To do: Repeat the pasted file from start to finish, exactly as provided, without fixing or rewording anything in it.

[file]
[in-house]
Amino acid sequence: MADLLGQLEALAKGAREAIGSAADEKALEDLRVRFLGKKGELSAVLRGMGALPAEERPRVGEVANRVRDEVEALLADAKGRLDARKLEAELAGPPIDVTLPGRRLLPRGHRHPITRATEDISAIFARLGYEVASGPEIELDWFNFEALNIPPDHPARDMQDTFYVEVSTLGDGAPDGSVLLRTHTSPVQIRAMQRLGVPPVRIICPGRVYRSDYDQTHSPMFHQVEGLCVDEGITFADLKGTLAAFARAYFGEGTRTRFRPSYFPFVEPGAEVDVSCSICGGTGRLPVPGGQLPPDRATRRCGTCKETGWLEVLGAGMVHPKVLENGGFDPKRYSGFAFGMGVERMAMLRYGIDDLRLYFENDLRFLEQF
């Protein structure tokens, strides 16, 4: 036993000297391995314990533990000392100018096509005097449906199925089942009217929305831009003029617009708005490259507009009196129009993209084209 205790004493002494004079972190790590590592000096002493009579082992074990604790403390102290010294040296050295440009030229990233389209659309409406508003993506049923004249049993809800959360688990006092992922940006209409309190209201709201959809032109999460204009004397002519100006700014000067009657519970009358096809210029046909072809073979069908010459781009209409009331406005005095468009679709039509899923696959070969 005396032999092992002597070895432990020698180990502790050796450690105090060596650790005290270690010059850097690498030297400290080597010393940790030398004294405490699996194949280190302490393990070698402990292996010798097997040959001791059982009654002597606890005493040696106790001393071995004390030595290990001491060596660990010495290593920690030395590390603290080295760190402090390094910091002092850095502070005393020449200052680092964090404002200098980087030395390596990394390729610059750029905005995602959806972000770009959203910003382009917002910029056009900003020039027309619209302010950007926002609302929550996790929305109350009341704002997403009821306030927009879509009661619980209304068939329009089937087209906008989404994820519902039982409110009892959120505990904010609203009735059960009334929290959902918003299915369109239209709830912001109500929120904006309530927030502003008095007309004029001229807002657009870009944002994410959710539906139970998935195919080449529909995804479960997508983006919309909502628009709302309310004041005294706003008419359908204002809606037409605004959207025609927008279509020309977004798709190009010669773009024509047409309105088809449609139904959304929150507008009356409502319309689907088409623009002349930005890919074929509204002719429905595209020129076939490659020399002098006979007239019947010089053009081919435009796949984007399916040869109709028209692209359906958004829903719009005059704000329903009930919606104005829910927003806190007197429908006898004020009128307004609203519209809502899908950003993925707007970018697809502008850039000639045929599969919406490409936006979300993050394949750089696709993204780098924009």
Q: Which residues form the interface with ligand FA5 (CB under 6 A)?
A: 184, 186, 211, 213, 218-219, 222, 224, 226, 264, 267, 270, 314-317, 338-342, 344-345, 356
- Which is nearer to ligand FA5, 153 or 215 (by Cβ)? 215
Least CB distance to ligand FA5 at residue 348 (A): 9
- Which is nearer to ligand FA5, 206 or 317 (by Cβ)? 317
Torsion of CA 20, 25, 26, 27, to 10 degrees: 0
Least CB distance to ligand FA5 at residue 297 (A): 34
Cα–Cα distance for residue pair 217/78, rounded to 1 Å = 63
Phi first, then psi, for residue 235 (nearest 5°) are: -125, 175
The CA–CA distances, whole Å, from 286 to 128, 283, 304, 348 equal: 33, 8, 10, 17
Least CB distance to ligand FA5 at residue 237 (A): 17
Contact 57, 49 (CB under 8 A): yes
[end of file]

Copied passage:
[in-house]
Amino acid sequence: MADLLGQLEALAKGAREAIGSAADEKALEDLRVRFLGKKGELSAVLRGMGALPAEERPRVGEVANRVRDEVEALLADAKGRLDARKLEAELAGPPIDVTLPGRRLLPRGHRHPITRATEDISAIFARLGYEVASGPEIELDWFNFEALNIPPDHPARDMQDTFYVEVSTLGDGAPDGSVLLRTHTSPVQIRAMQRLGVPPVRIICPGRVYRSDYDQTHSPMFHQVEGLCVDEGITFADLKGTLAAFARAYFGEGTRTRFRPSYFPFVEPGAEVDVSCSICGGTGRLPVPGGQLPPDRATRRCGTCKETGWLEVLGAGMVHPKVLENGGFDPKRYSGFAFGMGVERMAMLRYGIDDLRLYFENDLRFLEQF
């Protein structure tokens, strides 16, 4: 036993000297391995314990533990000392100018096509005097449906199925089942009217929305831009003029617009708005490259507009009196129009993209084209 205790004493002494004079972190790590590592000096002493009579082992074990604790403390102290010294040296050295440009030229990233389209659309409406508003993506049923004249049993809800959360688990006092992922940006209409309190209201709201959809032109999460204009004397002519100006700014000067009657519970009358096809210029046909072809073979069908010459781009209409009331406005005095468009679709039509899923696959070969 005396032999092992002597070895432990020698180990502790050796450690105090060596650790005290270690010059850097690498030297400290080597010393940790030398004294405490699996194949280190302490393990070698402990292996010798097997040959001791059982009654002597606890005493040696106790001393071995004390030595290990001491060596660990010495290593920690030395590390603290080295760190402090390094910091002092850095502070005393020449200052680092964090404002200098980087030395390596990394390729610059750029905005995602959806972000770009959203910003382009917002910029056009900003020039027309619209302010950007926002609302929550996790929305109350009341704002997403009821306030927009879509009661619980209304068939329009089937087209906008989404994820519902039982409110009892959120505990904010609203009735059960009334929290959902918003299915369109239209709830912001109500929120904006309530927030502003008095007309004029001229807002657009870009944002994410959710539906139970998935195919080449529909995804479960997508983006919309909502628009709302309310004041005294706003008419359908204002809606037409605004959207025609927008279509020309977004798709190009010669773009024509047409309105088809449609139904959304929150507008009356409502319309689907088409623009002349930005890919074929509204002719429905595209020129076939490659020399002098006979007239019947010089053009081919435009796949984007399916040869109709028209692209359906958004829903719009005059704000329903009930919606104005829910927003806190007197429908006898004020009128307004609203519209809502899908950003993925707007970018697809502008850039000639045929599969919406490409936006979300993050394949750089696709993204780098924009």
Q: Which residues form the interface with ligand FA5 (CB under 6 A)?
A: 184, 186, 211, 213, 218-219, 222, 224, 226, 264, 267, 270, 314-317, 338-342, 344-345, 356
- Which is nearer to ligand FA5, 153 or 215 (by Cβ)? 215
Least CB distance to ligand FA5 at residue 348 (A): 9
- Which is nearer to ligand FA5, 206 or 317 (by Cβ)? 317
Torsion of CA 20, 25, 26, 27, to 10 degrees: 0
Least CB distance to ligand FA5 at residue 297 (A): 34
Cα–Cα distance for residue pair 217/78, rounded to 1 Å = 63
Phi first, then psi, for residue 235 (nearest 5°) are: -125, 175
The CA–CA distances, whole Å, from 286 to 128, 283, 304, 348 equal: 33, 8, 10, 17
Least CB distance to ligand FA5 at residue 237 (A): 17
Contact 57, 49 (CB under 8 A): yes